<link href=”/stylesheets/application.css” media=”screen” rel=”stylesheet” type=”text/css” />

I checked capistrano and server configurations, but nothing were wrong there. Finally I figured out what was causing the problem. I have not required “sprockets/railtie” in the config/application.rb

In the Mongoid documentation especially in ‘Configuration’ section is ‘Getting Rid of Active Record’ subsection which says:

Open myapp/config/application.rb and near the top, remove the line require "rails/all" and add the following lines so you end up with this:

require "action_controller/railtie"
require "action_mailer/railtie"
require "active_resource/railtie"
require "rails/test_unit/railtie"
# require "sprockets/railtie" # Uncomment this line for Rails 3.1+

In a rush I only saw number 3.1 and thought it is okay to leave it as uncommented. Current Rails version is 3.2.8 so should that line be uncommented as default on Mongoid documentation?

My favourite Prototype and Scriptaculous plugins

The unpleasant fact is that Prototype JavaScript framework is dead or at least dying. JQuery is nowadays a de facto JavaScript library and almost all the great tools are designed to use with JQuery (Bootstrap, from Twitter etc).

However there are still lots of people using Prototype or at least would be willing to use it with UI libraries by Scriptaculous and do some awesome stuff. In some level I still prefer Prototype and Scriptaculous to JQuery. Jarvis Badgley has summed this issue very good in his blog post.

If you are stuck with Prototype and Scriptaculous, there are still great and working plugins that extend Prototype and Scriptaculous. I will list now three plugins that I have lately found helpful.

Image gallery & Slideshow

Tom Doyle initially developed Simple image gallery and slideshow and Dave from ISOTOPE Communication has improved the script.


Carousel is a highly configurable Prototype extension that creates a nice way of presenting content that is logically broken into several pieces / steps / etc


Accordion by Kevin Miller is a lightweight accordion that supports both vertical and horizontal accordions.

Do you use still Prototype and Scriptaculous? Have you any hints or recommendations about great plugins?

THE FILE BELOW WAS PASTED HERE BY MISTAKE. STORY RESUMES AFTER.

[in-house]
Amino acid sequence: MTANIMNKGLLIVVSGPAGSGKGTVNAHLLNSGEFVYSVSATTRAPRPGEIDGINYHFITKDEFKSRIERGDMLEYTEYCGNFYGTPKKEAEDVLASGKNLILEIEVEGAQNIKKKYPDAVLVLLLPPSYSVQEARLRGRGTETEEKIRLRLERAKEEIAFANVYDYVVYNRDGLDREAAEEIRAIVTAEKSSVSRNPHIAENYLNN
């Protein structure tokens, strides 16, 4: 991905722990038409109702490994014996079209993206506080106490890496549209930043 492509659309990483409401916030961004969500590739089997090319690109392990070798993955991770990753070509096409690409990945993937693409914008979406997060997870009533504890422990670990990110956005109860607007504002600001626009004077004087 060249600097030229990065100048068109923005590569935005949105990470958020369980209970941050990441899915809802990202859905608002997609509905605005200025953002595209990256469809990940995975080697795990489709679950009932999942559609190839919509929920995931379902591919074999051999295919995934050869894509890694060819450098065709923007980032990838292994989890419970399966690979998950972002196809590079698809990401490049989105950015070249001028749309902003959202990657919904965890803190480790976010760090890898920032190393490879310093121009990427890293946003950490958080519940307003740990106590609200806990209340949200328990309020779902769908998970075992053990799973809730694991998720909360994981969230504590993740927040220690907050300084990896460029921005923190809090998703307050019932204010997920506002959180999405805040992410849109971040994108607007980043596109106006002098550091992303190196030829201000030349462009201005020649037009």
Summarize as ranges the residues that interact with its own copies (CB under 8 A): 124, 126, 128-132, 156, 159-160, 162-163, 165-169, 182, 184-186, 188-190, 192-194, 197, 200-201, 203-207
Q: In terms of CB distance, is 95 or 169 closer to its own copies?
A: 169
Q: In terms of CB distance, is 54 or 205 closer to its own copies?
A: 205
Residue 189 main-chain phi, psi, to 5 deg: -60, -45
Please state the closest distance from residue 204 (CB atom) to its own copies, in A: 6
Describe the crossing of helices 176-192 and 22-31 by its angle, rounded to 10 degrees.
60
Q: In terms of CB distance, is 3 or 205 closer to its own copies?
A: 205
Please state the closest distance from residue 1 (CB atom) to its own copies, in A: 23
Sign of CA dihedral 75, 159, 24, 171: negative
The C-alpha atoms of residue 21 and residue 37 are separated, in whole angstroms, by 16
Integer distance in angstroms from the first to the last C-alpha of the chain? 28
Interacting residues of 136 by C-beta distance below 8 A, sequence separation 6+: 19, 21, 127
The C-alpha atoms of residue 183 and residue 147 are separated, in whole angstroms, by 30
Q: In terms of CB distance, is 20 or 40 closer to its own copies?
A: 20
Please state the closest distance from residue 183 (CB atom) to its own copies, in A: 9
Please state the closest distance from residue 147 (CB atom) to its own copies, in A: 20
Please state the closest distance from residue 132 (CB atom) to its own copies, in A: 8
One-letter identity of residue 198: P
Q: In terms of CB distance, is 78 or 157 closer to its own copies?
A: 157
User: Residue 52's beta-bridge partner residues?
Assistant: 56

How to implement CalendarView in Android

Android does not offer any calendar view in the SDK. That is a big loss from the developer’s point of view. There are lots of situations where it would be beneficial to display days of a month and provide some option for the user to choose the day.

One solution is to use a 3rd party component. The second one is to implement one by your own, like I did.

Picture 1. CalendarView

When I started to implement  the calendar view, I googled around with some search terms and found this tip.

AFAIK, there are no other way than implement your own calendar. So… what you would have to do is using a GridLayout with 7 columns and create a custom BaseAdapter to display data correctly.

That sounded reasonable and I went ahead and tried it. My aim was to implement a single calendar view where user can navigate between months and choose a date (Picture 1). You can see the result here: https://github.com/nevalla/CalendarView

Basically two classes are needed to create the implementation mentioned above. One class to display calendar grid and the other one to adapt calendar days and items into the grid.


CalendarView is  a class that encapsulates the UI of the Calendar:  a header (navigation and name of the month) and a GridView.  onCreate() method does some initializations and res/layout/calendar.xml is set for the content view. Then handler attribute is used to populate some calendar items into to the calendar. Finally some event listeners are set. GridView’s OnClickListener returns selected date as string format:

gridview.setOnItemClickListener(new OnItemClickListener() {
    public void onItemClick(AdapterView&lt;?&gt; parent, View v, int position, long id) {
    	TextView date = (TextView)v.findViewById(R.id.date);
        if(date instanceof TextView &amp;&amp; !date.getText().equals("")) {

        	Intent intent = new Intent();
        	String day = date.getText().toString();
        	if(day.length()==1) {
        		day = "0"+day;
        	// return selected date as string format
        	intent.putExtra("date", android.text.format.DateFormat.format("yyyy-MM", month)+"-"+day);
        	setResult(RESULT_OK, intent);


refreshCalendar() method asks calendar adapter to refresh itself and changes month name.
onNewItem() method captures date parameter and sets it as current date.


CalendarAdapter is a class that handles the content of the calendar – how many days to display and whether to display calendar item icon or not.

refreshDays() method formats source array for the grid. Application assumes that weeks start on Monday, thus calculation is needed on how many empty days are before the first day of the month.

getView() method creates a view for each item referenced by the adapter. Layout of the view is defined in res/layout/calendar_item.xml.


CalendarViewSampleActivity is an activity class that opens CalendarView. DatePicker’s date is updated by the return  value of the CalendarView.
So this is relatively simplified example of how to display calendar month and populate some items into it. How do you like it and how would you improve it?


Since API level 11 (Android 3.0) there has been the native implementation of the CalendarView. However it’s just the view where you can pick a date, no calendar items can be shown.